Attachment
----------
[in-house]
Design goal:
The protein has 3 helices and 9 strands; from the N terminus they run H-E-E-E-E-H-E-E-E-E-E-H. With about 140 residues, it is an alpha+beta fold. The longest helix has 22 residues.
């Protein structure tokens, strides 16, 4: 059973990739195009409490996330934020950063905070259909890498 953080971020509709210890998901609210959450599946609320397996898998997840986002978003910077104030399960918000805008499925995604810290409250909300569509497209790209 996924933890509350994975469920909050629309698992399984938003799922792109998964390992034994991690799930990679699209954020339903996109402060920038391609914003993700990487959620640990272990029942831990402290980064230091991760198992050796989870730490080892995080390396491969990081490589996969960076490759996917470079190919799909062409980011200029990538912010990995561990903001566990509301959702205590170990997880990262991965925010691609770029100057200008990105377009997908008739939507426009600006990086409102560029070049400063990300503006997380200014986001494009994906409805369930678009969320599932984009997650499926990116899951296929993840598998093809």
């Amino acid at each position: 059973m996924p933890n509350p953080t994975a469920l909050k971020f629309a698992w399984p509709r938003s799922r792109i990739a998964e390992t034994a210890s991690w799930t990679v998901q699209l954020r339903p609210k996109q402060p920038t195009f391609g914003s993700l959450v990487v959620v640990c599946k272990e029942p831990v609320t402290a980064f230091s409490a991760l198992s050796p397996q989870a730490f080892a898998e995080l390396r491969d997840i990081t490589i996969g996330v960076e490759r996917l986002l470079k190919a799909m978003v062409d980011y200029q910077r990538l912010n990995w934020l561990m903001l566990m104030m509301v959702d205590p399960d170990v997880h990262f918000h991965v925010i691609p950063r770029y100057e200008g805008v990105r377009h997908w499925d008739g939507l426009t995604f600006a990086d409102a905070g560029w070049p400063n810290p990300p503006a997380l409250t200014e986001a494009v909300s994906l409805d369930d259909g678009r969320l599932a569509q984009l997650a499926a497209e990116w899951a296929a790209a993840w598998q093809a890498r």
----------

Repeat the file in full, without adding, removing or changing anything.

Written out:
[in-house]
Design goal:
The protein has 3 helices and 9 strands; from the N terminus they run H-E-E-E-E-H-E-E-E-E-E-H. With about 140 residues, it is an alpha+beta fold. The longest helix has 22 residues.
């Protein structure tokens, strides 16, 4: 059973990739195009409490996330934020950063905070259909890498 953080971020509709210890998901609210959450599946609320397996898998997840986002978003910077104030399960918000805008499925995604810290409250909300569509497209790209 996924933890509350994975469920909050629309698992399984938003799922792109998964390992034994991690799930990679699209954020339903996109402060920038391609914003993700990487959620640990272990029942831990402290980064230091991760198992050796989870730490080892995080390396491969990081490589996969960076490759996917470079190919799909062409980011200029990538912010990995561990903001566990509301959702205590170990997880990262991965925010691609770029100057200008990105377009997908008739939507426009600006990086409102560029070049400063990300503006997380200014986001494009994906409805369930678009969320599932984009997650499926990116899951296929993840598998093809």
């Amino acid at each position: 059973m996924p933890n509350p953080t994975a469920l909050k971020f629309a698992w399984p509709r938003s799922r792109i990739a998964e390992t034994a210890s991690w799930t990679v998901q699209l954020r339903p609210k996109q402060p920038t195009f391609g914003s993700l959450v990487v959620v640990c599946k272990e029942p831990v609320t402290a980064f230091s409490a991760l198992s050796p397996q989870a730490f080892a898998e995080l390396r491969d997840i990081t490589i996969g996330v960076e490759r996917l986002l470079k190919a799909m978003v062409d980011y200029q910077r990538l912010n990995w934020l561990m903001l566990m104030m509301v959702d205590p399960d170990v997880h990262f918000h991965v925010i691609p950063r770029y100057e200008g805008v990105r377009h997908w499925d008739g939507l426009t995604f600006a990086d409102a905070g560029w070049p400063n810290p990300p503006a997380l409250t200014e986001a494009v909300s994906l409805d369930d259909g678009r969320l599932a569509q984009l997650a499926a497209e990116w899951a296929a790209a993840w598998q093809a890498r």